Amy Coney Barrett Confirmed as Supreme Court Justice

Despite Senate Democrats’ attempts to slow down the process, the Senate confirmed Judge Amy Coney Barrett to the Supreme Court yesterday, according to NPR. The Senate voted 52-48 in favor of the confirmation of Barrett in one of the closest votes ever recorded, according to CNN. President Trump rushed to nominate her last month for the seat left vacant after the death of Supreme Court Justice Ruth Bader Ginsburg.

A White House socially-distanced ceremony in which guests in the crowd wore masks, unlike the recent Rose Garden super-spreader event, was held for Barrett last night. Supreme Court Justice Clarence Thomas administered the constitutional oath. Trump referred to the occasion as a “momentous day.”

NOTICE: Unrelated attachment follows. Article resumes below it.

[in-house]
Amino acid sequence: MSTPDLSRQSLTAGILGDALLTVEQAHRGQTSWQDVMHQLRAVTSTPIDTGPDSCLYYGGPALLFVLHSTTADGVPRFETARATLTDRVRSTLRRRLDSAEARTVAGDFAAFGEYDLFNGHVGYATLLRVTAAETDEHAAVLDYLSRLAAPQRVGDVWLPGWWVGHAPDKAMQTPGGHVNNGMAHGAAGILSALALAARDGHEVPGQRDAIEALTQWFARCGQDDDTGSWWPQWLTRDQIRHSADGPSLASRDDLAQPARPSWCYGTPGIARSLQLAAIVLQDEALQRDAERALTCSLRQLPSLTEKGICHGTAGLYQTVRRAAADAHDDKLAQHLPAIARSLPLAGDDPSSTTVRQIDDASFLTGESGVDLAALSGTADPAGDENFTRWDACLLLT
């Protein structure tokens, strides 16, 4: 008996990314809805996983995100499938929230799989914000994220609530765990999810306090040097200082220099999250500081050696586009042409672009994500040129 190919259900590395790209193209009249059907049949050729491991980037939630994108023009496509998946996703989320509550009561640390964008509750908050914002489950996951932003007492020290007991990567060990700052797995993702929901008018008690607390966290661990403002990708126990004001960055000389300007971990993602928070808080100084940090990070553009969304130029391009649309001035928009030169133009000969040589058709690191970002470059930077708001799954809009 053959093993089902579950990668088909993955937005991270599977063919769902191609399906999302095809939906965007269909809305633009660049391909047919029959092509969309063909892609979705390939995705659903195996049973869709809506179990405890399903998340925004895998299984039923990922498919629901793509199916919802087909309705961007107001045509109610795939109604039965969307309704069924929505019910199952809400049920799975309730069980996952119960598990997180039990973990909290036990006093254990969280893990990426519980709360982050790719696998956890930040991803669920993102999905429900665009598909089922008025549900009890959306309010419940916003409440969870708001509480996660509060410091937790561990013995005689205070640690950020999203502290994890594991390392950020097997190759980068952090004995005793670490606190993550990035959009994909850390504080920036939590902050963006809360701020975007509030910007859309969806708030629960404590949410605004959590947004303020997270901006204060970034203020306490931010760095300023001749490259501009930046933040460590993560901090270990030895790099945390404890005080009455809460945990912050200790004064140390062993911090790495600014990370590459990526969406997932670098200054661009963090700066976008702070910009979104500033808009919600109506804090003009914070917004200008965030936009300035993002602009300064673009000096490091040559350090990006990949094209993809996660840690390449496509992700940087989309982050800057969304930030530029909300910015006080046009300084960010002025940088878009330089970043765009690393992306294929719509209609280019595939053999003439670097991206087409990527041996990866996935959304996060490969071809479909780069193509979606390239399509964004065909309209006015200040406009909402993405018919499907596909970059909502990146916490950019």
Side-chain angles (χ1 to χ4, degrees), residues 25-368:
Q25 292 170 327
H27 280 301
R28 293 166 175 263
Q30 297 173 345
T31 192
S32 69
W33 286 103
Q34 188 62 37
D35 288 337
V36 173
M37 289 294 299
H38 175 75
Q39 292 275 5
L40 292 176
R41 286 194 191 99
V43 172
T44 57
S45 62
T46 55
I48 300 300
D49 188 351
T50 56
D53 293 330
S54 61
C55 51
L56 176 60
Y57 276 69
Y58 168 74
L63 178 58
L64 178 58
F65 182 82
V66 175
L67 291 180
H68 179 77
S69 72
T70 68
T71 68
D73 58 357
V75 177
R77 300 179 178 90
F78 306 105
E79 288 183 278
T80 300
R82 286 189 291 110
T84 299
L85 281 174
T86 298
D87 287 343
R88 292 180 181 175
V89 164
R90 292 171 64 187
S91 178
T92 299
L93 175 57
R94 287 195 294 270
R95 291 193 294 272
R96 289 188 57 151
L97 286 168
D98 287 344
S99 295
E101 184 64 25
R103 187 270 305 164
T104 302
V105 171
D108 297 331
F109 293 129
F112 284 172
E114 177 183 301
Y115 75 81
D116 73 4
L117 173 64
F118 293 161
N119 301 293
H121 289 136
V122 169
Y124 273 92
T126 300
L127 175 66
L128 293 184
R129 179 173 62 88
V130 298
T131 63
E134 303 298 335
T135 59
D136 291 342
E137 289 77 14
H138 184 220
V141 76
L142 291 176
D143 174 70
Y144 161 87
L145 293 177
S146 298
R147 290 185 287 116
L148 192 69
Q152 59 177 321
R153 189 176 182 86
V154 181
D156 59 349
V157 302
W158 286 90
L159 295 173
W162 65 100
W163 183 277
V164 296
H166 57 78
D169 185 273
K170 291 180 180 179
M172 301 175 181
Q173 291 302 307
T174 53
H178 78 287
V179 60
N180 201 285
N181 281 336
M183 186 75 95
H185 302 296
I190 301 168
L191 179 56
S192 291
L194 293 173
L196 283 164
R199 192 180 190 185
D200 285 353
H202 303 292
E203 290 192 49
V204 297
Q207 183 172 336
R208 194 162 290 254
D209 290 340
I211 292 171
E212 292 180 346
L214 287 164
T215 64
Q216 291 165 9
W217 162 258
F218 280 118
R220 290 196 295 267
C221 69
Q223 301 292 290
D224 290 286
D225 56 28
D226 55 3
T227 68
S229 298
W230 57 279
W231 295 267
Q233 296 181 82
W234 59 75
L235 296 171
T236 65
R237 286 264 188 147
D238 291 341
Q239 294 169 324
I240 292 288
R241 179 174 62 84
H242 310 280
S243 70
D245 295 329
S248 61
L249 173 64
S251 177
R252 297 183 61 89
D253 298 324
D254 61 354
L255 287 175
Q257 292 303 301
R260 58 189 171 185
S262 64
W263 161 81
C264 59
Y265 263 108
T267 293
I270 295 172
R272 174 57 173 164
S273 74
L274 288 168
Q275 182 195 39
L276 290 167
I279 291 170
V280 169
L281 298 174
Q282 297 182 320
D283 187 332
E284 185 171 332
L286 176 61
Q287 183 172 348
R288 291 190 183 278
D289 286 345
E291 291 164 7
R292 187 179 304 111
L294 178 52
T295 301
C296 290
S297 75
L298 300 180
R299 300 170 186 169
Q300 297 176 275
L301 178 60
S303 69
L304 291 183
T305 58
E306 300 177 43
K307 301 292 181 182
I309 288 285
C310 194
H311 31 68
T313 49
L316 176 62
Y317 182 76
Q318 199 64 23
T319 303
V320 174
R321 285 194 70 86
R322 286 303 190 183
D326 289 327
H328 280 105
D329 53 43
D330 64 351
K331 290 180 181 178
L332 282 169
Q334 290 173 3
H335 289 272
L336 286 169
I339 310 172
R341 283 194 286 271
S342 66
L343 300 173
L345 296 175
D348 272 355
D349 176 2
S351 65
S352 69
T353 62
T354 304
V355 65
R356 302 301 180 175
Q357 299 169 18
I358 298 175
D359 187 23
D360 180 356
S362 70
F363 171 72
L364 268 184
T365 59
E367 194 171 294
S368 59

Since Barrett is only 48, she could possibly serve on the Supreme Court for decades, and her rulings could impact generations. Her appointment also solidifies the court’s conservative majority. Barrett will now be able to rule on upcoming cases, including the future of the Affordable Care Act, the 2020 census, and possibly the presidential election despite having not served on any courts until 2017.

Senate Minority Leader Chuck Schumer (D-N.Y.) blasted Republicans, saying it was a “cynical power grab.” He pointed out they refused to even consider Merrick Garland, President Barack Obama’s Supreme Court nominee, almost eight months before the 2016 election.

“My colleagues, there is no escaping this glaring hypocrisy,” Schumer said.